Situated in the southeast corner of Connecticut less than two hours from Boston, the village of Mystic is a community that straddles not only its namesake river but also the best of New England’s past and present. Founded in 1654, this onetime shipbuilding center still retains the luster of the golden age of sail, with the sky-raking masts of the preserved 19th-century whaler Charles W. Morgan being among its best-known sights. But the streets where sea captains and shipwrights once roamed now bustle with visitors from New England and beyond, drawn by the relaxed seaside charm, a downtown filled with inviting shops and eateries, and some of the state’s most popular tourist attractions.
Whether you’re a history buff, a New England–phile, or just someone looking for a vacation escape, you could easily spend a week or more exploring this comely waterfront town. However, if you have just a day or two, here are the five best things to do in Mystic, Connecticut.
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5 Best Things to Do in Mystic, Connecticut
With more than 100 buildings and a fleet of wooden ships anchored in its harbor, Mystic Seaport is a 19-acre historical wonderland — and Connecticut’s top tourist attraction, to boot. There’s a re-created 19th-century seafaring village with restored houses and all manner of workshops, plus exhibit halls, vintage gardens, a planetarium, a children’s museum, and boat rentals and cruises. At the far end of the campus stands the museum’s preservation pièce de résistance: a fully functional shipyard. There, you can watch honest-to-God shipwrights practice their ancient craft. In 2013, they completed their greatest opus, a five-year restoration of the Charles W. Morgan, the largest wooden merchant ship, and the last wooden whaler, left afloat. As of mid-July 2020: Mystic Seaport is open but operating under COVID-19 safety guidelines, including requiring visitors to wear masks and observe social distancing. While most indoor exhibits are closed, visitors can access the outdoor spaces, the top decks of historic vessels, the shipyard, and portions of the village. The boathouse and launch are also operating for those who want to get out on the water.
At Mystic Aquarium, the welcoming committee takes the form of New England’s only beluga whales, swimming in their outdoor pools just to the right of the entrance. Nearby are Steller sea lions and northern fur seals and a colony of more than two dozen South African penguins; inside are tanks of hypnotic jellyfish and other sea creatures. Among the other draws at the aquarium and research center — which in 2017 became one of fewer than 20 institutions worldwide to be certified by American Humane Conservation — are a 1,000-square-foot exhibit of 30-plus frog species and a display of 12 giant animatronic dinosaurs. As of mid-July 2020: The aquarium is open but operating under COVID-19 safety guidelines, including requiring visitors to wear masks and observe social distancing. Advance online reservations required.
Don’t miss your chance to sail out of the fabled port where more than 600 vessels were built during America’s seafaring age. Aboard the two-masted schooner Argia, you’ll motor down the “Missituck” (“wavy river”), as it was christened by native peoples, then the crew will invite you to help hoist the sails. You’re bound for sheltered Fishers Island Sound on a voyage that showcases islands, lighthouses, and local lore. As of mid-July 2020: The Argia is sailing, but tickets are sold online in advance and only in pairs or triplets (for four or more, contact the office directly). There have also been some changes to operations in light of COVID-19 safety guidelines.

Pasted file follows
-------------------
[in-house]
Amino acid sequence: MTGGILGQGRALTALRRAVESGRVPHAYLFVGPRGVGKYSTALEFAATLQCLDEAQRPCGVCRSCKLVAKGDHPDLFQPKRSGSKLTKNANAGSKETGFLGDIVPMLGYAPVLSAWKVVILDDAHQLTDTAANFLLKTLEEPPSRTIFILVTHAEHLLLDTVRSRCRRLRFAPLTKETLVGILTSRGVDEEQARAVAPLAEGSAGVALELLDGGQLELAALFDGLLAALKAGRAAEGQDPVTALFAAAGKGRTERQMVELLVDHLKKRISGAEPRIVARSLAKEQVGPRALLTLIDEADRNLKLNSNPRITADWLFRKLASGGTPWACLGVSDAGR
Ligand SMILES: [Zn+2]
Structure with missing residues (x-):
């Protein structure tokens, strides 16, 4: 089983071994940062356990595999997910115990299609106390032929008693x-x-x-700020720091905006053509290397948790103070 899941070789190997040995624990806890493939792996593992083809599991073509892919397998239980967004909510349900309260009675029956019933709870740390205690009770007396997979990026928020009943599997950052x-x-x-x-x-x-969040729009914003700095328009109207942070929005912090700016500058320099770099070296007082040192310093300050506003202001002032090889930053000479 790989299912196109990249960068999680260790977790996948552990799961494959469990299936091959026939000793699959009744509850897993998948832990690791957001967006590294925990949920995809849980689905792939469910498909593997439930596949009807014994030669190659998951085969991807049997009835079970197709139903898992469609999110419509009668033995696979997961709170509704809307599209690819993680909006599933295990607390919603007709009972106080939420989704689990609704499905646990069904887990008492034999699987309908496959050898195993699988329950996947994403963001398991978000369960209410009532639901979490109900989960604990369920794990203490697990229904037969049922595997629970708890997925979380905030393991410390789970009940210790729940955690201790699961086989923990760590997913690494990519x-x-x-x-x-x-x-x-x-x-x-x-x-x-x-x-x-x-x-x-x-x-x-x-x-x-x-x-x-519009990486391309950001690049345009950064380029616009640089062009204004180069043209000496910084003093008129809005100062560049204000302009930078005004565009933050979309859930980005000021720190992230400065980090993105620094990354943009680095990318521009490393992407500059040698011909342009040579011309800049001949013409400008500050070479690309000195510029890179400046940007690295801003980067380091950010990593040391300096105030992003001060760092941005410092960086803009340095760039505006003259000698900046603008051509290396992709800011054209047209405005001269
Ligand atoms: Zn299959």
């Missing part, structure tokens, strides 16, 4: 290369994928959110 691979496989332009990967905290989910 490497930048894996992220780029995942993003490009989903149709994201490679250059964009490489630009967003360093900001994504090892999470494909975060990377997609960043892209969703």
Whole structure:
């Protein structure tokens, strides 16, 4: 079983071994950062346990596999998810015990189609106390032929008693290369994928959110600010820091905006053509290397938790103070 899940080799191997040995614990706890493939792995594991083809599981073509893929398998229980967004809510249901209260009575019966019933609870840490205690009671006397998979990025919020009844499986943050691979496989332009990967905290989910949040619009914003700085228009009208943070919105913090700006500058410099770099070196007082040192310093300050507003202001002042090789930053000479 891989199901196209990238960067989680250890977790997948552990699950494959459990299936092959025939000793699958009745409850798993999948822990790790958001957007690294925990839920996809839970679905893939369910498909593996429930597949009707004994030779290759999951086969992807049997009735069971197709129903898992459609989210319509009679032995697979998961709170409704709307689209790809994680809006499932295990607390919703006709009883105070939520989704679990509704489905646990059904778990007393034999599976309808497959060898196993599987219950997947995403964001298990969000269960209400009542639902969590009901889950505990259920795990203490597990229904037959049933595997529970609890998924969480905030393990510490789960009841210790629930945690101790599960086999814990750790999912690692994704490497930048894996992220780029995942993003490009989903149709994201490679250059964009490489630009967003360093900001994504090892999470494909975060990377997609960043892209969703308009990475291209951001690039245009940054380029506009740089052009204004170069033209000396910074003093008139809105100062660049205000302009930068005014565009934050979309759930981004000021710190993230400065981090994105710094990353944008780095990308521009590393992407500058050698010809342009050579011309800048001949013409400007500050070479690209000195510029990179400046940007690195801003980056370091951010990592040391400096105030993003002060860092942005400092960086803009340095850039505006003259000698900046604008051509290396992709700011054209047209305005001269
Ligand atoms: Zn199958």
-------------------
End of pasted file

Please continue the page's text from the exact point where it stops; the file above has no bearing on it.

Lobster by the Water
Pizza might be Mystic’s food “celebrity” — thanks to the 1988 Julia Roberts film Mystic Pizza — but local seafood is the real star. Fans of classic lobster shacks may want to start in the tiny neighboring village of Noank, set on a peninsula where the Mystic River meets Long Island Sound. There lies the famous Abbott’s in the Rough, a BYOB joint that dates back to 1947, which pairs great water views with fresh local seafood. It has just about anything a shellfish lover could desire but is best known for its signature hot lobster roll, which comes in four-ounce, seven-ounce, and full-pound (!) versions. Another must-try seafood in Noank is Ford’s Lobster, where offerings include the Lobster Bomb, a small loaf of hollowed-out bread stuffed with eight ounces of lobster meat and topped with a ladleful of lobster bisque. In Mystic, Sea View Snack Bar boasts gorgeous river views from its picnic tables as well as a full menu of summer favorites — crab cakes, clam fritters, deep-fried whole belly clams, etc. — plus, of course, a tasty lobster roll (this one served cold with mayo, for those who prefer the “Maine”-style). As of mid-July 2020: Connecticut restaurants are allowed to operate under the latest state guidelines. Abbott’s, Ford’s, and Sea View have all reopened for the season; check their websites for the latest information.
Though this attraction has a limited seasonal operating window — September to early December — it still makes our list because, honestly, there’s nothing else like it. B.F. Clyde started producing hard cider in 1881, and less than 20 years later he invested in machinery that still springs to life here each fall: Gears clatter, belts rumble and hum, cider gushes. Each week during the harvest, nearly 75 tons of handpicked Hudson Valley apples are transformed into nonalcoholic sweet cider, apple wines, and potent hard ciders (including soul-warming, pumpkin-spiced Spider Cider). To see history in action, visit during cider-making demonstrations on October and November weekends. As of mid-July 2020: B.F. Clyde’s traditionally opens for the season on September 1. Visitors should check the website later this summer for the most up-to-date information.
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